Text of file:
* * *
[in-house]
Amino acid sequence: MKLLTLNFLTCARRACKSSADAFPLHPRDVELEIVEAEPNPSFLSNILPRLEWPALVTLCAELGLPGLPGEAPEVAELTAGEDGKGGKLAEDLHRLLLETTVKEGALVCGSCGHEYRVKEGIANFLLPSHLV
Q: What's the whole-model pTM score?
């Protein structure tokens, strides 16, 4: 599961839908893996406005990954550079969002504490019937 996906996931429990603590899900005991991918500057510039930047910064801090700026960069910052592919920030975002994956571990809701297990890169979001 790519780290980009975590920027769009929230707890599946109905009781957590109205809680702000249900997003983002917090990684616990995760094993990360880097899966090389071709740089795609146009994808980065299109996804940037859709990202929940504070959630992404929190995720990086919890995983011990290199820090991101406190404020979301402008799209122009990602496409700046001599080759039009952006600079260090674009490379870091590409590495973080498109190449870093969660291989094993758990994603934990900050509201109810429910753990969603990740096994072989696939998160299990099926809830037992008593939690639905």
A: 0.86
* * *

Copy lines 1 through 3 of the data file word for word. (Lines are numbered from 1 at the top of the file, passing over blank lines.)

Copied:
[in-house]
Amino acid sequence: MKLLTLNFLTCARRACKSSADAFPLHPRDVELEIVEAEPNPSFLSNILPRLEWPALVTLCAELGLPGLPGEAPEVAELTAGEDGKGGKLAEDLHRLLLETTVKEGALVCGSCGHEYRVKEGIANFLLPSHLV
Q: What's the whole-model pTM score?